Sean Drummond is a cocky Army lawyer with a long history in the secret world of special operations. When the legal maverick is assigned by the top brass to investigate a Bosnian massacre in which a Green Beret A-team and the Kosovo Liberation Army detachment they were “advising” got trapped behind Serbian lines, he gets the subtext that’s part of his orders. What the Army doesn’t need are headlines about the cold-blooded execution of 35 Serbian soldiers, and they’re counting on Drummond to clean things up fast, before a public scandal blows dirt all over their medals. Drummond is provided with two associates to help with the investigation: an attractive young woman captain who’s a Harvard Law School graduate, and an equally illustrious Judge Army General’s Corps lawyer whose reputation precedes him.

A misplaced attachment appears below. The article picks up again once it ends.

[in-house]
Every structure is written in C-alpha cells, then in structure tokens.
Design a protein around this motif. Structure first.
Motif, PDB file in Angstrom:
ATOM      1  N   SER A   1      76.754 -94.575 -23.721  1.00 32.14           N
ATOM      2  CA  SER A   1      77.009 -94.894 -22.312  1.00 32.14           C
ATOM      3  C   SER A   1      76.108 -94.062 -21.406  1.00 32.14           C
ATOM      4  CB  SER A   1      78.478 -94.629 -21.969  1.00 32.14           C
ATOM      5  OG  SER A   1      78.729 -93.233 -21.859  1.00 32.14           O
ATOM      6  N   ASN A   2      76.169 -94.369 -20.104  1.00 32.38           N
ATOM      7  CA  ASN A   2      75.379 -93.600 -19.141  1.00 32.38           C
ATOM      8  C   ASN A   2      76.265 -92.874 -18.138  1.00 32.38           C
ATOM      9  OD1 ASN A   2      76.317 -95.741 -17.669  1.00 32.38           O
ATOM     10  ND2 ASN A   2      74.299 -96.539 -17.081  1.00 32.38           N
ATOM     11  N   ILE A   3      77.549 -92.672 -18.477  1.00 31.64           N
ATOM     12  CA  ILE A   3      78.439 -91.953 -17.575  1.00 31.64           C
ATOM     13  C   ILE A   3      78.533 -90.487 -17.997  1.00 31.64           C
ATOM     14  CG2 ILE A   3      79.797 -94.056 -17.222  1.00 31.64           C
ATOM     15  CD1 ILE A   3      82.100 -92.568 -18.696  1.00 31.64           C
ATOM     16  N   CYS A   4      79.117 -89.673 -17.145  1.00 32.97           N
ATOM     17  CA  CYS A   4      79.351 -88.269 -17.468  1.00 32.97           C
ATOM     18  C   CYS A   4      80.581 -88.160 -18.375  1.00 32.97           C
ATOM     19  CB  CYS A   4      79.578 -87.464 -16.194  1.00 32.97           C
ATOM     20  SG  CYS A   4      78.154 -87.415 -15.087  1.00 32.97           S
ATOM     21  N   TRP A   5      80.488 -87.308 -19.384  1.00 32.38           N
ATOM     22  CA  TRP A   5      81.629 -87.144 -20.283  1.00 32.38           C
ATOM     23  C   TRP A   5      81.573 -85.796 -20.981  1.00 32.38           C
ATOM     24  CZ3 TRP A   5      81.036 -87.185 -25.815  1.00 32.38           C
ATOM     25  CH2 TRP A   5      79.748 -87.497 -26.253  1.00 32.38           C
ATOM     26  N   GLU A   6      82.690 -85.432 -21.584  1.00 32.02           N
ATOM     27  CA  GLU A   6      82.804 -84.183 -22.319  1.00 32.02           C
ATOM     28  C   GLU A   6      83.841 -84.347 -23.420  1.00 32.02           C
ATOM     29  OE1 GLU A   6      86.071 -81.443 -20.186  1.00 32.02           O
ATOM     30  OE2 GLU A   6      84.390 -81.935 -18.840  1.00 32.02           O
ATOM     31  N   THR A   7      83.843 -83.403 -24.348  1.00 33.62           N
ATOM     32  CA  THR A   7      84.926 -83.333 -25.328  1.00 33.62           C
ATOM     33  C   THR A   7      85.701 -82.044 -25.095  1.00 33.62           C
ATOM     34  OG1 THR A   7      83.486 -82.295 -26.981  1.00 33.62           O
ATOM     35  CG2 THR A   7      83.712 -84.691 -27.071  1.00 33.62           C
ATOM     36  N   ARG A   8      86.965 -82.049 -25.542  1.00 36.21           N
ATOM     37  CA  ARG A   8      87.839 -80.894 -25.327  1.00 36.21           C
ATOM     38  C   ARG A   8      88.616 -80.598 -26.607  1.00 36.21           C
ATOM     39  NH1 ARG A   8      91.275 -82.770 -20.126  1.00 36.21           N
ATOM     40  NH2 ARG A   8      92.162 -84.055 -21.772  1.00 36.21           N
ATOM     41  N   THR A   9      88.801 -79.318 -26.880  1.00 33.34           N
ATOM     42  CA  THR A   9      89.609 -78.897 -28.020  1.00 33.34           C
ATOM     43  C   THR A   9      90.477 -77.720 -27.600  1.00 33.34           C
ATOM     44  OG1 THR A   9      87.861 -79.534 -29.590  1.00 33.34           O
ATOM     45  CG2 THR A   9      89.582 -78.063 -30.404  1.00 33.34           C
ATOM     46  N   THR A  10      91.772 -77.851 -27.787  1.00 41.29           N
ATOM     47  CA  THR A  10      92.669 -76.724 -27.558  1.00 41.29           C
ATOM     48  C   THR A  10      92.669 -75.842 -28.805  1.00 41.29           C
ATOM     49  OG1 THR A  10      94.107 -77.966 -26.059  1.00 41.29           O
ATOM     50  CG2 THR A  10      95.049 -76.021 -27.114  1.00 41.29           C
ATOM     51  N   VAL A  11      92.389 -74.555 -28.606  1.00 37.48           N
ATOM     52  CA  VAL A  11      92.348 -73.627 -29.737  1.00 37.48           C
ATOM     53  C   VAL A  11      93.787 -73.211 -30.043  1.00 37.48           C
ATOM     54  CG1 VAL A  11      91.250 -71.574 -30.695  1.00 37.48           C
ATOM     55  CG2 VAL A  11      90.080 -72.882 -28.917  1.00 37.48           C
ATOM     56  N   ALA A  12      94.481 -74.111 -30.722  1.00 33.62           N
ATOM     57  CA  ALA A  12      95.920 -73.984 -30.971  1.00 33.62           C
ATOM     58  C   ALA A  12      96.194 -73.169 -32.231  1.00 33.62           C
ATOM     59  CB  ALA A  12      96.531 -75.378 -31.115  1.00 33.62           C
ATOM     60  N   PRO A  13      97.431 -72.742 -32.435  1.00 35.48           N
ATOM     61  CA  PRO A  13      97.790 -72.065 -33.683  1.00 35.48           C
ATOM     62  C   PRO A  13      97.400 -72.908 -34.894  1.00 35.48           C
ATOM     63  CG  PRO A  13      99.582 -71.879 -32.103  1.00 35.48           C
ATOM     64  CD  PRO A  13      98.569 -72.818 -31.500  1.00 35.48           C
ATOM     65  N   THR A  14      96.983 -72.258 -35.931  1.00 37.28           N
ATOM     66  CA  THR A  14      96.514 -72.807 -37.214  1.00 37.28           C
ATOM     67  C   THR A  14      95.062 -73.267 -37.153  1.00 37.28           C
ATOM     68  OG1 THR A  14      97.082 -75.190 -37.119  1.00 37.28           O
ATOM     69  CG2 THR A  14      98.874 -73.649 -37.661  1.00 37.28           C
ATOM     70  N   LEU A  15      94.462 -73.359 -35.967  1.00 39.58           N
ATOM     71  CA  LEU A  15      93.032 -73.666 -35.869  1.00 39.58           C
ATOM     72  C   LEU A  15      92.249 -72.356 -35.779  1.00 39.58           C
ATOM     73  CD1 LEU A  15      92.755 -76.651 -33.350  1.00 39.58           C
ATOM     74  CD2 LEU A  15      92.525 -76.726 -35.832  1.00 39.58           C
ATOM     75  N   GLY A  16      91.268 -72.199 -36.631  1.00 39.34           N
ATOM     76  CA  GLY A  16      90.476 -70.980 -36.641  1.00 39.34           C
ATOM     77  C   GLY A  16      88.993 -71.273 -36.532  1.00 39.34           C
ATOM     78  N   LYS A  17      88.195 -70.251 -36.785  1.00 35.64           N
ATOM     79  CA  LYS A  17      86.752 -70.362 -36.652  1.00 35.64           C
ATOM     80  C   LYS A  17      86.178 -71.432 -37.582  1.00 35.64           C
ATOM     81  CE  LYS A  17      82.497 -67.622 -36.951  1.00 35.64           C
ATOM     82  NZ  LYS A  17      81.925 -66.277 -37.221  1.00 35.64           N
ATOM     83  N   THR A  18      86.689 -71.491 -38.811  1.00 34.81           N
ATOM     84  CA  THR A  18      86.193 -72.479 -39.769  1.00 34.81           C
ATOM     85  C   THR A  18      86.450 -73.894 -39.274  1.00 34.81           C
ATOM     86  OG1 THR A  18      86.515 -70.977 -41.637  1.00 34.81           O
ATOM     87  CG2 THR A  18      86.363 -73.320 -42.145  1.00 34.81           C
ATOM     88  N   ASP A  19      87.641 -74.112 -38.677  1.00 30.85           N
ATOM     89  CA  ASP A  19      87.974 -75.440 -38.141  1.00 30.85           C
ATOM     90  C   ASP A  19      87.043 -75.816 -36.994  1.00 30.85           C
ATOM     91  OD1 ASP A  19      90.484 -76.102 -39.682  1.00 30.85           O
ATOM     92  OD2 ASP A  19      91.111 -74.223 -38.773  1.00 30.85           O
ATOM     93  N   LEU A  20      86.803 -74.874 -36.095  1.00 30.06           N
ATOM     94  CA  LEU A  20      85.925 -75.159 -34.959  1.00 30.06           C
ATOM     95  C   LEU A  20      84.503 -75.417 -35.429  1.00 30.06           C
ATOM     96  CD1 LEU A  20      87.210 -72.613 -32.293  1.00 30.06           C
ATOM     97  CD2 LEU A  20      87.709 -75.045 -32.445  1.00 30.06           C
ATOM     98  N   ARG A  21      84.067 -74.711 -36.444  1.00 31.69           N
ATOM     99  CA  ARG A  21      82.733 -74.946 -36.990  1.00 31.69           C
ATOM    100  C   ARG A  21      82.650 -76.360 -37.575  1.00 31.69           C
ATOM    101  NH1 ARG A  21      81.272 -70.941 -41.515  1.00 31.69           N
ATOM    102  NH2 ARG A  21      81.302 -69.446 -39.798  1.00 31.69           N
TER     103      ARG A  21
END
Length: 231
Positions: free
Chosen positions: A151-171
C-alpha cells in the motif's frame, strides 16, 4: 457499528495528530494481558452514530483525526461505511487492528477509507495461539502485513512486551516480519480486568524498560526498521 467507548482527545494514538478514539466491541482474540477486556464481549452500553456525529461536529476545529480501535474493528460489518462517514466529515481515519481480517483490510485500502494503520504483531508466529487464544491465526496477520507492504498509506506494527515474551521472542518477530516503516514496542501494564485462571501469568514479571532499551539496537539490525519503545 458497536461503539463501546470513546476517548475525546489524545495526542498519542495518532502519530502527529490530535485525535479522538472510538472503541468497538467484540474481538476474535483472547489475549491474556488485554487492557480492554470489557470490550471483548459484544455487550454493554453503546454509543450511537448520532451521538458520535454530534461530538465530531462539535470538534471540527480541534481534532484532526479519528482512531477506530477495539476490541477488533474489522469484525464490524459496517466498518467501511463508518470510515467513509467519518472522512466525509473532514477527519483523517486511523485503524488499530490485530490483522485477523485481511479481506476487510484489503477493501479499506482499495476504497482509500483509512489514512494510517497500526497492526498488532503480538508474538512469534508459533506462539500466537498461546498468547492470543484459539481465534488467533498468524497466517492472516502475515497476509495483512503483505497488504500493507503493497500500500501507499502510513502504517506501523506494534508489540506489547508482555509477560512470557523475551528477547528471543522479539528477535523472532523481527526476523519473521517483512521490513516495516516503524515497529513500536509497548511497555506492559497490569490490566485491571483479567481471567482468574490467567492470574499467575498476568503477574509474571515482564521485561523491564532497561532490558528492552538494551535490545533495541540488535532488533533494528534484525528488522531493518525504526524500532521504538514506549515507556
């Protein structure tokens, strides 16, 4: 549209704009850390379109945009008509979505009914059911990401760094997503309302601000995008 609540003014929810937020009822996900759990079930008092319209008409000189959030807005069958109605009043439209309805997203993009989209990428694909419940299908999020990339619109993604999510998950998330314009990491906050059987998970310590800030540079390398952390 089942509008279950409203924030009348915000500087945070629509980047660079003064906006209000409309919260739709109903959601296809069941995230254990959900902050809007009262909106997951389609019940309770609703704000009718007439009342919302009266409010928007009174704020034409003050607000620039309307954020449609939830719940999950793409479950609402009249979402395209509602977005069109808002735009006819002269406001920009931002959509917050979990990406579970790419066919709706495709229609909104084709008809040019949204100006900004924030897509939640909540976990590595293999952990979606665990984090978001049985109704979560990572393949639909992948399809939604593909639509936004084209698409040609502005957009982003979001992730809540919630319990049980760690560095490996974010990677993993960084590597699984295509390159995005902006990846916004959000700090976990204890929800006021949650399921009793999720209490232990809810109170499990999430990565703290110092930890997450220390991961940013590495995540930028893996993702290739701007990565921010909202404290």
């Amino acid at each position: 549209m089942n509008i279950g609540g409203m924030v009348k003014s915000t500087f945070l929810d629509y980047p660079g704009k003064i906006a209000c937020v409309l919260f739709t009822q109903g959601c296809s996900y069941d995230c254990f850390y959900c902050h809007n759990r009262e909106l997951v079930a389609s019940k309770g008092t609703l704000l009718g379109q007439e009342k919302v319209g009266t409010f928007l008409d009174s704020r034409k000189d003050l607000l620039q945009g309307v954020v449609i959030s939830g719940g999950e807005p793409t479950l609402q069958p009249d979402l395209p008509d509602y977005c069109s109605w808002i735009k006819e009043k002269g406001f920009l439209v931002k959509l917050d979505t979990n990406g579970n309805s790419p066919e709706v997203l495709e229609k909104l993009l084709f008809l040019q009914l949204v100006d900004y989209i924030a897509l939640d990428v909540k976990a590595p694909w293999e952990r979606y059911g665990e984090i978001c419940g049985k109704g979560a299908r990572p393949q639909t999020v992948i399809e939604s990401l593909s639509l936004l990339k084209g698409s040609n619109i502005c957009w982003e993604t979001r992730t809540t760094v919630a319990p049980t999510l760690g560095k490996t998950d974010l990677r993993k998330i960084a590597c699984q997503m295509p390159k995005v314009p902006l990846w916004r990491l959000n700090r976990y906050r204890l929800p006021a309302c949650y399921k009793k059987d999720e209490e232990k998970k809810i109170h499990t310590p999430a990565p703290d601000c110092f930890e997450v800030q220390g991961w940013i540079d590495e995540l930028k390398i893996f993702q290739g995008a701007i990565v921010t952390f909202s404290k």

Once Drummond and his team get to Bosnia, it’s clear that the accused Green Berets have their own cover-up going, and they’re not going to make it easy for the lawyers to figure out what happened. Drummond has a few tricks up his own sleeve, and when he finds out that his CO has put a spy on his team, he’s even more determined to get to the bottom of what really went on, even if he has to bully his way out of a murder frame-up to do it. The moral dilemma Drummond faces when he learns the real story (and understands why the Army is so desperate to keep the cover-up going) reveals the man behind the maverick, and lifts Brian Haig’s novel a cut above the genre. Haig might have spent more time making his secondary characters as interesting as his protagonist and tightened up his narrative. Still, fans of military thrillers will find this a good enough read. (less)